However, hope was not lost as during the 18th century the town focused on bettering its agriculture. The population size slowly started to rise to a whopping 10,000 residents (as recorded in 1948). During the 19th century many buildings were restored to its original strength, this was followed by a rapid growth of cultural tourism, held until today with the ‘Town of Towers’ millions of tourists each year. Now being a UNESCO World Heritage site the amount of tourism has augmented massively in the last decade as well as pushing San Gimignano to protect and preserve its medieval atmosphere and buildings with national laws such as the ‘Code of Cultural Heritage and landscape’, also with strict local regulations, for instance: limits on pollution, traffic and noise. Today, the town has over 8000 residents and thrives off of agriculture, prestigiously producing D.O.C.G Vernaccia wine as well as successful agriturismos scattered all around San Gimignano, from wine tastings and cooking classes to Piaggio tuk tuk tours.

We are so glad that San Gimignano survived throughout its falls in history, otherwise we'd have one less favourite place to visit!

Things to do in the Medieval Manhattan

Taste Vernaccia White Wine From its Home

The vineyards of the San Quirico Winery

Poetically written in the fine words of Dante’s Inferno, San Gimignano’s Vernaccia white wine is definitely a must try when visiting the town. The crisp wine is filled with citrus flavours that give a medium finish, refreshing for an aperitivo or an evening meal - or even better, we prefer to take away a glass of Vernaccia from the many enotecas sprad around the medieval alleys and savour the taste while gazing over the stunning panorama over the hilltop viewpoints. We have also experienced a San Gimignano wine tour where we got to try different wines such as Chianti Classico, Vernaccia and Brunello Di Montalcino, at the same time, learning about the wine making process from a sommelier. The scrumptious cheeses, the variety of salamis and bruschetta helped to keep us sober on the tour! We recommend visiting the Tenuta Torciano (8km from the center of San Gimignano) agriturismo or the San Quirico Winery (3km from the center of San Gimignano) for an unforgettable experience (we suggest to book in advance online or by calling).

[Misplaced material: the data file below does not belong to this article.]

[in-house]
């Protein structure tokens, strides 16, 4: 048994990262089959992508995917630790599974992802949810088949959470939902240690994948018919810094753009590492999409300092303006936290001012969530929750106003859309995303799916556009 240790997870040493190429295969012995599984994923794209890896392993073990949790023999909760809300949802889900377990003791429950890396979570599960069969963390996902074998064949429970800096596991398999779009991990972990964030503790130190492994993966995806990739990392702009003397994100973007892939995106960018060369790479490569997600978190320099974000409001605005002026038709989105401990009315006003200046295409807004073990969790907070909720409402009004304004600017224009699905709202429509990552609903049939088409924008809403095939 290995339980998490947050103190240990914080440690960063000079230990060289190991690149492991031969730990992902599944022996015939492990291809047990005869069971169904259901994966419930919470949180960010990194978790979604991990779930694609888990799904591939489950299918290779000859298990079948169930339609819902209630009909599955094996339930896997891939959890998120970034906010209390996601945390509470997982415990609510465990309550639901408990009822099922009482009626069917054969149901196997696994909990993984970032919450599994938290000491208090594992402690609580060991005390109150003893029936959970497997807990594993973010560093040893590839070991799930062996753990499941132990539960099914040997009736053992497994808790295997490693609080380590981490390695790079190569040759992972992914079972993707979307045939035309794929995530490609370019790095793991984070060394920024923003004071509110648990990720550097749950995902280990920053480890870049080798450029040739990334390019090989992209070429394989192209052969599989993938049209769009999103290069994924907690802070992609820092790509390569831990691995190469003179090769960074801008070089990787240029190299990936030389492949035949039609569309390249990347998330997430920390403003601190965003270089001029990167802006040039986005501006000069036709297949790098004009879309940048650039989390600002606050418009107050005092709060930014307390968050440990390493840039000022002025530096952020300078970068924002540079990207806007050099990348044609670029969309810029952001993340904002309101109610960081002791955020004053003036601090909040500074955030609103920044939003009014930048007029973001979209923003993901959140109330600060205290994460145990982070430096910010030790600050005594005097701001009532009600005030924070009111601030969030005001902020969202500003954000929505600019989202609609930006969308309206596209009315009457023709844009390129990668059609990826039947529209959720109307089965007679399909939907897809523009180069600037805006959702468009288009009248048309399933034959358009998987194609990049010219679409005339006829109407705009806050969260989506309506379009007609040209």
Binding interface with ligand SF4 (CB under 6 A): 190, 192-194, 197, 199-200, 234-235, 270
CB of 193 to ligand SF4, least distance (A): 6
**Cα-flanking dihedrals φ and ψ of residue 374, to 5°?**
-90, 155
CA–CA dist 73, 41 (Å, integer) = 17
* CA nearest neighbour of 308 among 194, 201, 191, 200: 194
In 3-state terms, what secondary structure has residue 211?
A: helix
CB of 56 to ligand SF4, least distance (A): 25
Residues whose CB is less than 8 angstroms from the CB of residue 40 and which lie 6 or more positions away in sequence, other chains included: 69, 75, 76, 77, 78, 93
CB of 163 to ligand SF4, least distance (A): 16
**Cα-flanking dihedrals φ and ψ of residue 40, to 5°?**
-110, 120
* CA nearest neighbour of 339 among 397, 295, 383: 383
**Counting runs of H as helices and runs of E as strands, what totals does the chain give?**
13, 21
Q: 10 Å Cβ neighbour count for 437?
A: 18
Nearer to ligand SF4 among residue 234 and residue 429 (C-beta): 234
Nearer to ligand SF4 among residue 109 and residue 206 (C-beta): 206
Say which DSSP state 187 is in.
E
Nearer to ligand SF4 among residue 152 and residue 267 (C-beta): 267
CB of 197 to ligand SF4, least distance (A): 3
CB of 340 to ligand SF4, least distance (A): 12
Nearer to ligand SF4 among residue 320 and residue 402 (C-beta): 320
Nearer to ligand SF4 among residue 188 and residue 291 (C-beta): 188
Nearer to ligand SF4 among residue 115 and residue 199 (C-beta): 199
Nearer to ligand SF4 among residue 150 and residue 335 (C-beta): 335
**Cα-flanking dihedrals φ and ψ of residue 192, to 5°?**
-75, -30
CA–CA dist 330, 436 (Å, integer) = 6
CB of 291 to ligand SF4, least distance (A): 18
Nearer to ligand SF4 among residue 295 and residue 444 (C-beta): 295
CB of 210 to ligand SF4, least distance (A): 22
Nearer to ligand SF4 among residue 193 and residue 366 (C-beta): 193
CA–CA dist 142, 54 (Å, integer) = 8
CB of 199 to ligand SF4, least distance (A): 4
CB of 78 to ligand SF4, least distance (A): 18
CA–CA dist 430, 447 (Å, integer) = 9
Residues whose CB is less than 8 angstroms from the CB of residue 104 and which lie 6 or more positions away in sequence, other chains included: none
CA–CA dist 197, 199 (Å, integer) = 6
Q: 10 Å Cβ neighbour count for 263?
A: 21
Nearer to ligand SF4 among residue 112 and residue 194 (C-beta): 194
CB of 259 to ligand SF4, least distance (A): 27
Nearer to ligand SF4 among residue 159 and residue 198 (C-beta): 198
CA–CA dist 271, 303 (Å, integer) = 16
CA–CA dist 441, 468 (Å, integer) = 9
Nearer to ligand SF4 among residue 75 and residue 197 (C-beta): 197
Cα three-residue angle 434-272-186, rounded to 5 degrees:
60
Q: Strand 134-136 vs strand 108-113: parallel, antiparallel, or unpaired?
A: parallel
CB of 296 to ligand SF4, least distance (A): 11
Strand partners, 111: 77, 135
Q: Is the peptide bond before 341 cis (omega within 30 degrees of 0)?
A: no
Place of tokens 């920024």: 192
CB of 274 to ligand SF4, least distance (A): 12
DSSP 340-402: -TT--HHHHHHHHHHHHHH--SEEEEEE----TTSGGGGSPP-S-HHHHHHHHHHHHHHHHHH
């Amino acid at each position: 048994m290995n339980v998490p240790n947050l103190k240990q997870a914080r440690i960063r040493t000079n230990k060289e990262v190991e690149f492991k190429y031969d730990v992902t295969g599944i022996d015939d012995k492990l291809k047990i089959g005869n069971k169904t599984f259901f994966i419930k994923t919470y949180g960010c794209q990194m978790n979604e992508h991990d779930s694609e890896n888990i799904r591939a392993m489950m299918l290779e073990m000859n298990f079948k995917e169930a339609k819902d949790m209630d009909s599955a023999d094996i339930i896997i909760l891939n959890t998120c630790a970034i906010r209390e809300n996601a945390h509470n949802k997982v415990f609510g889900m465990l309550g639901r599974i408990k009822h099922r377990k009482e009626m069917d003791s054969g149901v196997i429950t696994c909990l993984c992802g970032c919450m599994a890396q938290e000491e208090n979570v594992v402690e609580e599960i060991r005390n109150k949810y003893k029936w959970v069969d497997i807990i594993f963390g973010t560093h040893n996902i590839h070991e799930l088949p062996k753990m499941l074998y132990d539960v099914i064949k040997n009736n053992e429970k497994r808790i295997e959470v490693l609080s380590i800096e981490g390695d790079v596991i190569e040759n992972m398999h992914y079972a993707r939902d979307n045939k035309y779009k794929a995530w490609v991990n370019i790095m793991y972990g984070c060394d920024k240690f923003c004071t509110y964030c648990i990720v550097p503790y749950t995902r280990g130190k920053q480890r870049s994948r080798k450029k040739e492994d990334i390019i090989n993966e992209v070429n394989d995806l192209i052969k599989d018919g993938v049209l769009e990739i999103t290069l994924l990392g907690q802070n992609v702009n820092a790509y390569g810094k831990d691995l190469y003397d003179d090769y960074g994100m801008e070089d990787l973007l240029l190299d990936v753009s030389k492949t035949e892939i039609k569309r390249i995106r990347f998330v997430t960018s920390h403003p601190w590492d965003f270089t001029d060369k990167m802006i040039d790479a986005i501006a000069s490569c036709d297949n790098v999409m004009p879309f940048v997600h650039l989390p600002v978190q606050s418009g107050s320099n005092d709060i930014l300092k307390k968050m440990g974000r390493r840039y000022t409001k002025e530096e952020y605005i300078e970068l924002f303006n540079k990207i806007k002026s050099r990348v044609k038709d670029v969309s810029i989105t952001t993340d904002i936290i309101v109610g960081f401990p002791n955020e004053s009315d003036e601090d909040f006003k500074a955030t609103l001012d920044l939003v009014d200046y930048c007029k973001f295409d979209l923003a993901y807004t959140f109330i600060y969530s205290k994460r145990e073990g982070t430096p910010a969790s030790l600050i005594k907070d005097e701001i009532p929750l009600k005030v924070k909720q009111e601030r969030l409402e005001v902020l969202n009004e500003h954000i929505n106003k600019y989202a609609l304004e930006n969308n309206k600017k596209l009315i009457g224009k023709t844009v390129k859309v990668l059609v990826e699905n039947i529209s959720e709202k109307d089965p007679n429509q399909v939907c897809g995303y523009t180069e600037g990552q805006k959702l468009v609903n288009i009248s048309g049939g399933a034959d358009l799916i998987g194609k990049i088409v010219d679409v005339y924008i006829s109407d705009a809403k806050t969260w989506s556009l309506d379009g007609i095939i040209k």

Go on a Vespa Tour or a Piaggio Tuk Tuk Tour

Piaggio Tuk Tuk

Vespa Tour

What better way is there to tour San Gimignano, Tuscan style! There are a few companies where you can rent a vespa or a Piaggio tuk tuk for the day with a guide and explore the planned routes with your guide to witness the best scenery on the road, through the vineyards and olive groves. Maps are also provided with suggestions of great places to eat and relax in the calming countryside. We haven’t tried this experience yet but we know that vespa touring is a must do! You can choose to be the driver or just ride as a passenger, an aperitivo is usually offered at the end of the trip to provide a relaxing finish to a day full of excitement. There are a few companies that offer this experience, a good website to use to search and book your fun day out is viator.com

Climb the tallest tower still standing

La Torre Grossa, outside

La Torre Grossa, inside